Spring SAVY 2017, Day 1- Chromatography 101
We had a wonderful first day of SAVY discussing the practical uses and basic components of chromatographic systems. Chromatography is used to separate complex mixtures of molecules/chemicals into their individual components. As a class, we brainstormed reasons why people in various professions might want to use this technique. We developed quite the list, ranging from forensic experts who want to analyze trace evidence (inks, dyes, chemicals) to hospital room physicians who are trying to assess what drugs or medicines are present in a person’s body to pharmaceutical scientists who are attempting to isolate a specific compound from plants. While the uses and different types of chromatography vary widely, the basic components of chromatographic systems are the same. There is a stationary phase, an immobile material to which the mixture to be separated is adsorbed, a mobile phase which moves across the stationary phase to promote separation of the mixture, and some method of detection to visualize the results. Each week we will be exploring a different type of chromatographic system and using it to solve a real-world problem.
This week’s problem was entitled “The Case of the Altered Check.” The students were tasked with determining if an extra zero had been added to the end of the monetary number for which the check had been written (i.e. if “$50” had been altered to “$500”) and, if so, which suspect and his/her black pen had done the deed. For this problem, paper chromatography was used to separate individual pigments in each black ink. I encourage you to discuss with your student how they designed their experiment to solve this problem. Some useful discussion-starter questions follow:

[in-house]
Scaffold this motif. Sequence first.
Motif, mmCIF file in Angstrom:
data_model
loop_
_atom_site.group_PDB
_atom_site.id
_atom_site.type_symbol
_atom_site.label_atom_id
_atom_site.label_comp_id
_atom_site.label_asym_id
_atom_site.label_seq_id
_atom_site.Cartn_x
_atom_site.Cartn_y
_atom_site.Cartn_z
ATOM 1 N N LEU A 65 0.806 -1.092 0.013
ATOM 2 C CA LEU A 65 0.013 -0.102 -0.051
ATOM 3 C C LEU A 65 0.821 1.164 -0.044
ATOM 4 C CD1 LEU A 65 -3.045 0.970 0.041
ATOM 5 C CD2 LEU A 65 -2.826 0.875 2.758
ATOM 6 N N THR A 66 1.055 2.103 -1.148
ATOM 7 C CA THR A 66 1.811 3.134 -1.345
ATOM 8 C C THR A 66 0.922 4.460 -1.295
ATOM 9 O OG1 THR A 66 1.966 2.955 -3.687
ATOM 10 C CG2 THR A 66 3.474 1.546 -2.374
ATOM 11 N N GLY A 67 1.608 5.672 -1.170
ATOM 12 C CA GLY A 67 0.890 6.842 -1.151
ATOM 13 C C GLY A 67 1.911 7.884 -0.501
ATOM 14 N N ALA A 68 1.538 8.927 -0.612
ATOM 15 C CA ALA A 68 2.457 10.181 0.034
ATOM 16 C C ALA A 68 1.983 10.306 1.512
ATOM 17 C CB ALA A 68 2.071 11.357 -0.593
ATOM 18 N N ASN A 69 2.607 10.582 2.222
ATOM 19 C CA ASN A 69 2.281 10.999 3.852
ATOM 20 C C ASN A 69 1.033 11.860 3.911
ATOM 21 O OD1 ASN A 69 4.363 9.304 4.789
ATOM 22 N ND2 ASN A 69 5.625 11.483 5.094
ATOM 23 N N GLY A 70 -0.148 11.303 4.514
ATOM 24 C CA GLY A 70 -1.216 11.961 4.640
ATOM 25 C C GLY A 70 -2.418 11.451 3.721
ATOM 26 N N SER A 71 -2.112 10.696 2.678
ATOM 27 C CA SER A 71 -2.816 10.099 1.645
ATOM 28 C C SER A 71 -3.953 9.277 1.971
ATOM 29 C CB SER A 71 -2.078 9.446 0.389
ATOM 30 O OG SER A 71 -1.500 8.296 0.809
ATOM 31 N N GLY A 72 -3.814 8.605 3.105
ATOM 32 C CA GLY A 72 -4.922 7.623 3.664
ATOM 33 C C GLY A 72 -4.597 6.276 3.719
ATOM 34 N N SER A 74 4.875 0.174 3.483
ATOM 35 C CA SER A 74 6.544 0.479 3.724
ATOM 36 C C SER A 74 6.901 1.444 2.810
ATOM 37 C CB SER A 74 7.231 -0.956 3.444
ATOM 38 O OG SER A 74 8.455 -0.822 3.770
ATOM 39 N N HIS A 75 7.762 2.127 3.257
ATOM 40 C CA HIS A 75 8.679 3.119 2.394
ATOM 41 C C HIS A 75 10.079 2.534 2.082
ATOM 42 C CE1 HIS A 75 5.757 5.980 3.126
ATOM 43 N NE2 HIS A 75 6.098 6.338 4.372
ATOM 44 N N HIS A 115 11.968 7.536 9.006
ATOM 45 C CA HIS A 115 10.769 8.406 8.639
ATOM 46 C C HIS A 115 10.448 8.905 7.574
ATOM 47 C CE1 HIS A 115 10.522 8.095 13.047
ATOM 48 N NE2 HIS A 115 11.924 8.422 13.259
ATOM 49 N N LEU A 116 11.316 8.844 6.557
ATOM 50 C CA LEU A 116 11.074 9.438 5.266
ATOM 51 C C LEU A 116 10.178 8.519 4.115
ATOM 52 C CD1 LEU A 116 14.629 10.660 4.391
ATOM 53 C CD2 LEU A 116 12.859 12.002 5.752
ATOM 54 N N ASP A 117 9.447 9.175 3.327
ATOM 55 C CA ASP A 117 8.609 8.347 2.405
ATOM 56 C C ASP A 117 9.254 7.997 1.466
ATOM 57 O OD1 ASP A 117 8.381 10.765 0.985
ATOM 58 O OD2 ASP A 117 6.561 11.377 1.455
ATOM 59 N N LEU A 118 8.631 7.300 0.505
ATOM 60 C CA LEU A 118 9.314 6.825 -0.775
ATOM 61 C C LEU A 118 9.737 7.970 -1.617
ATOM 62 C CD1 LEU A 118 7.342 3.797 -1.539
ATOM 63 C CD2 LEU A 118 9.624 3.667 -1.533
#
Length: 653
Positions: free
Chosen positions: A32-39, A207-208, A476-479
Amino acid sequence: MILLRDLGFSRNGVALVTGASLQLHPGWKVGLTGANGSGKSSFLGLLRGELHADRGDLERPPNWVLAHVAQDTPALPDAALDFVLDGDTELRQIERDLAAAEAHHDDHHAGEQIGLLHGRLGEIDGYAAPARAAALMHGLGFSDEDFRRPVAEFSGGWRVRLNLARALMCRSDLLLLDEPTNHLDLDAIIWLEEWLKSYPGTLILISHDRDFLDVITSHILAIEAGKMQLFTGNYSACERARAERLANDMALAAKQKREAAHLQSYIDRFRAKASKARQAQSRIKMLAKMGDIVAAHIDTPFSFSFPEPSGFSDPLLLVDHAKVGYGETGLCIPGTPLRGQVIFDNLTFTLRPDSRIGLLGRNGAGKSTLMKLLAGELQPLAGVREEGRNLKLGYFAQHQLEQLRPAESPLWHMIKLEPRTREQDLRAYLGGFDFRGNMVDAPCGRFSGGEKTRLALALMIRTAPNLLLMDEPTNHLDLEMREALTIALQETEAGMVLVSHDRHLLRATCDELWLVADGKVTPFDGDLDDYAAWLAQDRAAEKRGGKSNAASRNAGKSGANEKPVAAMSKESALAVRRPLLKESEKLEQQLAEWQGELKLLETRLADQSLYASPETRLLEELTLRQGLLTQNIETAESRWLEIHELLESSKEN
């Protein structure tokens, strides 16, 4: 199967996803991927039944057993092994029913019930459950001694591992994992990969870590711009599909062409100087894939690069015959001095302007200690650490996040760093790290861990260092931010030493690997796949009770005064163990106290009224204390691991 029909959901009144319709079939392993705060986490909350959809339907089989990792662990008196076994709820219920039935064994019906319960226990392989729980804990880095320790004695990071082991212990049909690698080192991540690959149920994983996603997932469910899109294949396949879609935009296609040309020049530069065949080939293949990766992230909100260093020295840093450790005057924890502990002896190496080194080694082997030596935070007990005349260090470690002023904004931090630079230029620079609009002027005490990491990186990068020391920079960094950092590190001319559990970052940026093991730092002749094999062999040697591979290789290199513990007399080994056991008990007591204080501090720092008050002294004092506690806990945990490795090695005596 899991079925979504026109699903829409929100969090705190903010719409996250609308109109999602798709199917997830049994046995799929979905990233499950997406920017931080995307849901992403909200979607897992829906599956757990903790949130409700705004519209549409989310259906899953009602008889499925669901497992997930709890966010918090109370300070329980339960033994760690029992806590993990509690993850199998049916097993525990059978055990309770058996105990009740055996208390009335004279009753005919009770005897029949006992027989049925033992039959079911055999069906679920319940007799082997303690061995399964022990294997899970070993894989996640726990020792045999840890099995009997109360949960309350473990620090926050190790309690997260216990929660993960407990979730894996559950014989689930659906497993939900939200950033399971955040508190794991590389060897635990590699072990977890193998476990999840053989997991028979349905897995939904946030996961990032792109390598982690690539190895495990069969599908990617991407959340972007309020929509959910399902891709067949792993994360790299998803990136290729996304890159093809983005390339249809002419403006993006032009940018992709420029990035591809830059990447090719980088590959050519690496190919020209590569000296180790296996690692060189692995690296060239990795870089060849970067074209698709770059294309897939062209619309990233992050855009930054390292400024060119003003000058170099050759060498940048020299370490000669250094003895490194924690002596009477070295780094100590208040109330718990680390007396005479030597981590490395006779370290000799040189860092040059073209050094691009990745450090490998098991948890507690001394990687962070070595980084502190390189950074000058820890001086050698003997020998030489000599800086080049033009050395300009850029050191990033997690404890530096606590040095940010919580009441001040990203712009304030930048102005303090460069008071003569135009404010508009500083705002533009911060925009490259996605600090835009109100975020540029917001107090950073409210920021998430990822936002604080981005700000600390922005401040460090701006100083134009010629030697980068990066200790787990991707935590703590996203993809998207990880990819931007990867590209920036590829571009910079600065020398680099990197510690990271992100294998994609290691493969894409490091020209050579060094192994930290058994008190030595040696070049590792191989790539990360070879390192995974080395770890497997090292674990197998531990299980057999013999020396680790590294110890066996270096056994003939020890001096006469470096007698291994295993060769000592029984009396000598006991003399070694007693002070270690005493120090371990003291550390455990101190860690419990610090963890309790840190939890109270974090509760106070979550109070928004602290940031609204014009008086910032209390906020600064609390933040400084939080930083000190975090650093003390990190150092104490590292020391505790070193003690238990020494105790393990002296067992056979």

- In paper chromatography, what serves as the stationary phase? What was used as the mobile phase? How were the results detected?
- How was the check analyzed to determine if the number had been altered?
- Describe or depict the results. What conclusions can you make about the relative affinity of each of the components of the inks for the stationary phase and mobile phase?
We concluded by discussing the limitations of ink evidence and the assumptions inherent in our analysis. The students rightly pointed out that other information could probably be gleaned from the check itself and described some other pieces of evidence that they would seek to gather to support their claims. Consider asking your child what additional evidence they think would be important in order to convict the correct culprit.
I’m already looking forward to next weekend when we will encounter a new problem and use a different chromatographic technique to solve it!